How The People’s Memorial came to be
Millions of years ago, Mother Nature imposed Her will and carved a natural inlet into Britain’s south coast. Today her work is called ‘Langstone Harbour’.
The inlet fills at high tide before draining out, leaving muddy flats, into the Solent and English Channel. On a sunny day, one can look northwest toward the rolling hills of the West Sussex Downs; the water is sky-blue lapping onto the beach separating sea and land, the locality now a protected nature reserve. In winter, when the storms lash the South Coast of ‘The Emerald Isle’, Langstone Harbour becomes a grey place to be. Rain, whipped up by strong gales, blankets the area; it soaks any walkers to the bone. This is what Mother Nature intended, whatever season, for us to enjoy.
‘The Peoples Memorial’, built by Willie Goldfinch, at his own expense, upon the shoreline of Langston Harbour, was created as a tribute to the serving men and women of our British Armed Forces who, today, find themselves at war on foreign battlefields, and to those who pay the ultimate sacrifice and in decades long past. And, as ‘The Peoples’ Memorial’ suggests by its very name, it is a very special place for everyone, of all races, religions, creeds and political leanings, to visit, to be at peace, and to pray.
Those of you, and there are thousands of people from around the world who visit ‘The Peoples’ Memorial’ every year, most often come to Langstone Harbour to enjoy not only this gift from Mother nature, but to pay homage to the fallen. And those who walk the shoreline, with peace and decency in their hearts, hope for better things to come, for:
Hope is a good thing and Hope never Dies
Back in October 2009, while I was jogging along the Langstone Harbour pathway listening to the early morning news bulletins via the earpiece attached to my pocket-size transistor radio, I heard yet again a report informing the British public that, ‘Two British soldiers have been killed in Afghanistan’. The reporter went on to say, in a very detached and clinical way, that ‘their families have been informed’.
Upon hearing these increasingly familiar words, a combination of anger, British passion and pride, along with an awareness of the fact that our British Christian beliefs, our culture and our democratic way of life in recent years, have been under attack unlike at any other time in our history. I felt compelled and passionately driven to stop where I was, and at that moment, on that day back in the early winter of October 2009, I began to create The People’s Memorial.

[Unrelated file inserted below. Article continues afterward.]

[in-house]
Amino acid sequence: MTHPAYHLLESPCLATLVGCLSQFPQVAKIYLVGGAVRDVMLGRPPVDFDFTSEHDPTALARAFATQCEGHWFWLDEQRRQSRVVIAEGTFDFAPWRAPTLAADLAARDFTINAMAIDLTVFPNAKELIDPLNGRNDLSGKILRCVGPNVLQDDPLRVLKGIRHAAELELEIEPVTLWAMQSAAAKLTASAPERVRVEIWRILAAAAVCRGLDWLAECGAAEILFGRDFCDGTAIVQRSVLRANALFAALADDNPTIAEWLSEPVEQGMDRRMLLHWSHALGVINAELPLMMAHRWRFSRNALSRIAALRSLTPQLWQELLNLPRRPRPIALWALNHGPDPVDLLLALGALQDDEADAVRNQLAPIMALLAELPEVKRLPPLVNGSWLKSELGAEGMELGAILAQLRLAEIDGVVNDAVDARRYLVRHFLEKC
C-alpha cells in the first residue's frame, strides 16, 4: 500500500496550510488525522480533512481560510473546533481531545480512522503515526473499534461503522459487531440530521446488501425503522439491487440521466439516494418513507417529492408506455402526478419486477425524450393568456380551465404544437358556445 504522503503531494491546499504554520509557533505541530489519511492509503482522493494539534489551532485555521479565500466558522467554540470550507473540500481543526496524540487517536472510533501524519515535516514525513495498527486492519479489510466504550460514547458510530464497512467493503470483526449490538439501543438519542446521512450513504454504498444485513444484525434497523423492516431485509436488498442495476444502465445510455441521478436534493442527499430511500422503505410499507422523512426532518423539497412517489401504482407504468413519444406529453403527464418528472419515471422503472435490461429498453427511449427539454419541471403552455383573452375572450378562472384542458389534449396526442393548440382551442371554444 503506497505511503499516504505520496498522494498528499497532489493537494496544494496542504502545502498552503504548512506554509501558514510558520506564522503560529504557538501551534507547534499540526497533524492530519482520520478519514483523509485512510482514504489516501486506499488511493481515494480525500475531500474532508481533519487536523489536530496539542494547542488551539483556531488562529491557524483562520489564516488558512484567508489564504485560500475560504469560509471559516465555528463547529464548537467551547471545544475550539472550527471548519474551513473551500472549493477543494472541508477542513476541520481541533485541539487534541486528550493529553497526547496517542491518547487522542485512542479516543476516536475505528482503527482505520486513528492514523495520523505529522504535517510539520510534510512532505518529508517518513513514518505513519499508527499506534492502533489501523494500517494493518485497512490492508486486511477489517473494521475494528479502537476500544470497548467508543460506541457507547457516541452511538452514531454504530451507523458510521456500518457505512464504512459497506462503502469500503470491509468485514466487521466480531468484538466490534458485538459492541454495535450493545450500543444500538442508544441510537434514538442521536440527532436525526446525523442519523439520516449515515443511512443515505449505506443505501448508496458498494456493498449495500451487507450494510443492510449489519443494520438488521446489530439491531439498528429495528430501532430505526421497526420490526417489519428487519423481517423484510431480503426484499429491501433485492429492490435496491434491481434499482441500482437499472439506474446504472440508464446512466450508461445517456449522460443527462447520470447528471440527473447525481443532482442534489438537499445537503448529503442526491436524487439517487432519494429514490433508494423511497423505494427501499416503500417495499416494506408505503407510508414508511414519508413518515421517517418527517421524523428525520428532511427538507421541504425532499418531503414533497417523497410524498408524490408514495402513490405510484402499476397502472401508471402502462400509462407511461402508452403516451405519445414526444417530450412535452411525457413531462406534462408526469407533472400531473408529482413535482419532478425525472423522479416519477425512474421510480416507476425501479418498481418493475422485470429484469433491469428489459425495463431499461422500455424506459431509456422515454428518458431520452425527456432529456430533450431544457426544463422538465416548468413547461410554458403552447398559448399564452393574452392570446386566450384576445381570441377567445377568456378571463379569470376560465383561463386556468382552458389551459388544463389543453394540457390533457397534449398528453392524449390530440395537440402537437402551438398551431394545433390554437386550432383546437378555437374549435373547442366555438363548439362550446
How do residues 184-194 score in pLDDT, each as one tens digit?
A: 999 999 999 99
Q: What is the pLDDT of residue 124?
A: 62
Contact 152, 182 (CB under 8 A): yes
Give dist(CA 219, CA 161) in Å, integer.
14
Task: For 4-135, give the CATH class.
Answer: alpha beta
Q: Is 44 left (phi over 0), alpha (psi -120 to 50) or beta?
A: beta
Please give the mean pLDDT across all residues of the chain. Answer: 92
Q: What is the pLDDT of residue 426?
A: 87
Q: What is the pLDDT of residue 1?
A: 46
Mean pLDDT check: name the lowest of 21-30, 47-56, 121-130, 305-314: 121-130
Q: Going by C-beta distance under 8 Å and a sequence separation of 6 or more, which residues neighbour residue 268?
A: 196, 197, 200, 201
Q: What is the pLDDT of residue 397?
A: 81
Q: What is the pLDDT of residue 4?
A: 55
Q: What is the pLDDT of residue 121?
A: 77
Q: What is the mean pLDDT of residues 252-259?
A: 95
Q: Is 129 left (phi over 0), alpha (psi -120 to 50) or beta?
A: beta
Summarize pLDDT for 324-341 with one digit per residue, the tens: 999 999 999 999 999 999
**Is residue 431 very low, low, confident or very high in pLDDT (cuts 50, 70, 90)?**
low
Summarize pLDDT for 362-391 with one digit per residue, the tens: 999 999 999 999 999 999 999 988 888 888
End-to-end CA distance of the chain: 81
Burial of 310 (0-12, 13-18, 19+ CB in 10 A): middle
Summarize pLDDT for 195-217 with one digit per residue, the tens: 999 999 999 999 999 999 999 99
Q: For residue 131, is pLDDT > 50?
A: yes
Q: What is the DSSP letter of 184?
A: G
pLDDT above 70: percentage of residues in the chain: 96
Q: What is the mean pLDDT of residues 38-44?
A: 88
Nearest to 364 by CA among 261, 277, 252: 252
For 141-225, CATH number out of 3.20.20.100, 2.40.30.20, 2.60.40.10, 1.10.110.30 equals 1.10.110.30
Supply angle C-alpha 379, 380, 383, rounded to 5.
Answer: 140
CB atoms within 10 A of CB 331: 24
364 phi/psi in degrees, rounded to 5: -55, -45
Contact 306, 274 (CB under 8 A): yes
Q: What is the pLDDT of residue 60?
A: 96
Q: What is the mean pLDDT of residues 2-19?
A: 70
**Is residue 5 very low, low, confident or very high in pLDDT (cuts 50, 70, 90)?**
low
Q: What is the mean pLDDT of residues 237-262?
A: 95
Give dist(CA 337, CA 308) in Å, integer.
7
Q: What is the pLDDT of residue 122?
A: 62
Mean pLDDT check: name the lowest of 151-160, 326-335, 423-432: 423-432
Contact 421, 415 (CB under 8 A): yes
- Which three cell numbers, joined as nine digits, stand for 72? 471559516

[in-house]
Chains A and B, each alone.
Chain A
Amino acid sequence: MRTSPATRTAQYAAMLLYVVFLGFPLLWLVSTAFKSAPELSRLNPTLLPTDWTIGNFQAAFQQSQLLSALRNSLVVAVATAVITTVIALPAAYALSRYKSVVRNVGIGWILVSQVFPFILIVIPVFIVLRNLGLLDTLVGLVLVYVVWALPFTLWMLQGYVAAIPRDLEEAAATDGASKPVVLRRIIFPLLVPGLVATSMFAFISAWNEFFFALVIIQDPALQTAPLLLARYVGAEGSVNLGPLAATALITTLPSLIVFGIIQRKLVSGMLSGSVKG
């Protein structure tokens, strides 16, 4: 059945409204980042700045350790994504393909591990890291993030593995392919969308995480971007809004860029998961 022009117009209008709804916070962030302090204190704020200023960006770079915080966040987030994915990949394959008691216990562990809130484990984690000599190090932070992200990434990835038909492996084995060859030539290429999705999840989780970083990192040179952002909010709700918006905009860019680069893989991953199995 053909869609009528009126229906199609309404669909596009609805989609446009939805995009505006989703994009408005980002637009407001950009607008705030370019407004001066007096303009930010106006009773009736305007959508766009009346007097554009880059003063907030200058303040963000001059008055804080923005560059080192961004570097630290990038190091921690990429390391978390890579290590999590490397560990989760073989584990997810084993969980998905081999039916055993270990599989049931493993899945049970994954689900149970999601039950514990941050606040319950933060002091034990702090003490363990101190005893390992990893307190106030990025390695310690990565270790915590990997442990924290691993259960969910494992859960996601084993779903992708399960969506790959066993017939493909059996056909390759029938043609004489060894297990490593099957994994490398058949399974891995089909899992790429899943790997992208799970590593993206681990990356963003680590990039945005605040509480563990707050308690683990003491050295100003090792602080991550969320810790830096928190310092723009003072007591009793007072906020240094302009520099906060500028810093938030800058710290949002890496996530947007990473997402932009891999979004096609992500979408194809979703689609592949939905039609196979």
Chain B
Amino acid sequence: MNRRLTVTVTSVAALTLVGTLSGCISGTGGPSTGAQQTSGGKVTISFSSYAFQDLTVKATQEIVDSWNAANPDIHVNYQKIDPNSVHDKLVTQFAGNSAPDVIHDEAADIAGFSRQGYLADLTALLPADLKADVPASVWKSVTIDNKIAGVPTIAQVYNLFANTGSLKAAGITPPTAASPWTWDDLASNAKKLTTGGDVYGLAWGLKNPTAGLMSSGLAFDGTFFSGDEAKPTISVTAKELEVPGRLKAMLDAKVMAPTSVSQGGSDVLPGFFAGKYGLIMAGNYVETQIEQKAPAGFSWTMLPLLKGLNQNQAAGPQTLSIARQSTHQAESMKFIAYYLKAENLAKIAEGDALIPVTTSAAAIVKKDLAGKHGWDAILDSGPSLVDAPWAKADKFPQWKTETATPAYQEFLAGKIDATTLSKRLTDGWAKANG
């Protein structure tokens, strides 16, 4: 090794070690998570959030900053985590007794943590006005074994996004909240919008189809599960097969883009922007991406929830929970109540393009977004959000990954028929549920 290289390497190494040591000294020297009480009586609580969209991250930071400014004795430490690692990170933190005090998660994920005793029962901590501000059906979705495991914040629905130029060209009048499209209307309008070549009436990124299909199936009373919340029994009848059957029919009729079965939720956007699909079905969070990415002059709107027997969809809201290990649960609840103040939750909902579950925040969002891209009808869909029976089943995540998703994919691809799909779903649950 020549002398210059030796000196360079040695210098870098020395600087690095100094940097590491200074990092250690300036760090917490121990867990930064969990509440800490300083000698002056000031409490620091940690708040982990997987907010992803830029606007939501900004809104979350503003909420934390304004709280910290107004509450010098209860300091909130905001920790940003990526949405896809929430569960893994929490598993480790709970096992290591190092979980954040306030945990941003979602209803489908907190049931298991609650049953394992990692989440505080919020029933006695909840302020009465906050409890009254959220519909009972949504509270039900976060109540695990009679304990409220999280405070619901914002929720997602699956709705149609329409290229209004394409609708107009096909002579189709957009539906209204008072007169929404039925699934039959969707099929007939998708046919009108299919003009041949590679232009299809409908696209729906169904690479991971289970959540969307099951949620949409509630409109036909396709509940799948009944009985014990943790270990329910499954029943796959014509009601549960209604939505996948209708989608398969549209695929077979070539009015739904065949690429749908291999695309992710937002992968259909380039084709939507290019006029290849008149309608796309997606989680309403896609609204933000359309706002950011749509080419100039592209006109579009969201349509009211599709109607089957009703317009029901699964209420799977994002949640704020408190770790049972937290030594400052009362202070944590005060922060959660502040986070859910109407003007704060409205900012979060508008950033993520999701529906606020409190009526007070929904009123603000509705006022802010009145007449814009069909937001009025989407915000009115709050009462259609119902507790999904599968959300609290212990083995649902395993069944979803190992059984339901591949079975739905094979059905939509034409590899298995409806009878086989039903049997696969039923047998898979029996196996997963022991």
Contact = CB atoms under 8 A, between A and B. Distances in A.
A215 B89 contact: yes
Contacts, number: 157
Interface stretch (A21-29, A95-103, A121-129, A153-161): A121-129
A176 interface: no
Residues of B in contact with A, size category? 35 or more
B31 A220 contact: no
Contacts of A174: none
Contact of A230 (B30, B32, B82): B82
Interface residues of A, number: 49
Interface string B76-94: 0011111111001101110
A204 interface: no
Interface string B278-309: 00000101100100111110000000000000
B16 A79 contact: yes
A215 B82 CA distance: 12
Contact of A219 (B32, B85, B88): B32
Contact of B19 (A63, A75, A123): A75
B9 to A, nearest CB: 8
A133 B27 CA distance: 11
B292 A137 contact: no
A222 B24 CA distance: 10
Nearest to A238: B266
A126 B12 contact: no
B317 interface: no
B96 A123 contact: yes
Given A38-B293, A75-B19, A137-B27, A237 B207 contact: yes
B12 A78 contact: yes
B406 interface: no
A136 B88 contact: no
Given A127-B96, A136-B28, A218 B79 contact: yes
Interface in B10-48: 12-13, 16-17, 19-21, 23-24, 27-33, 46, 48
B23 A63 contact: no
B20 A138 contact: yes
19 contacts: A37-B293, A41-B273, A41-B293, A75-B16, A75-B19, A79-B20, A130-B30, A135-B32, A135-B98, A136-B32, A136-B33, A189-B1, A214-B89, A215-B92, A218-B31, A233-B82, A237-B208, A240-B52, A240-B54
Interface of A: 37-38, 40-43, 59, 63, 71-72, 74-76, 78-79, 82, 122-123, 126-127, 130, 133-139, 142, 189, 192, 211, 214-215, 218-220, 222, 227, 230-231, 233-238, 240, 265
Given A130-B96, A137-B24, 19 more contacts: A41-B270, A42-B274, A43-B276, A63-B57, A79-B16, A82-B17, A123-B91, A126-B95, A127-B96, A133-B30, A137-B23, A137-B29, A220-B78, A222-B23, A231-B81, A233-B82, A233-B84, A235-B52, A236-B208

My motivations were many as I embarked upon this venture. But first and foremost was my desire to show respect and to pay tribute to all our British serving forces, and second, to send a message of sympathy and support to all the families who have lost loved ones to the evils of war.
Another part of me felt driven to create a tangible focus point that I hoped would serve to remind each and every one of us of the enormous human sacrifices that have been made for our British freedom and the unique culture that we enjoy today.
And whilst I am acutely aware of the fact that the British democracy, for which our serving forces have fought and died for, ‘is not perfect, it never has been and it never will be’. I am also aware of the truth that, despite all its flaws and imperfections, the British democracy is the fairest, most compassionate and most decent democracy in the entire world.
I feel that it is worth reminding ourselves of the fact that ‘all natural born British and all who peacefully adapt and give their allegiance to British democracy, to our culture and to our British way of life are guaranteed the protection, freedoms and benefits of what it means to be British’.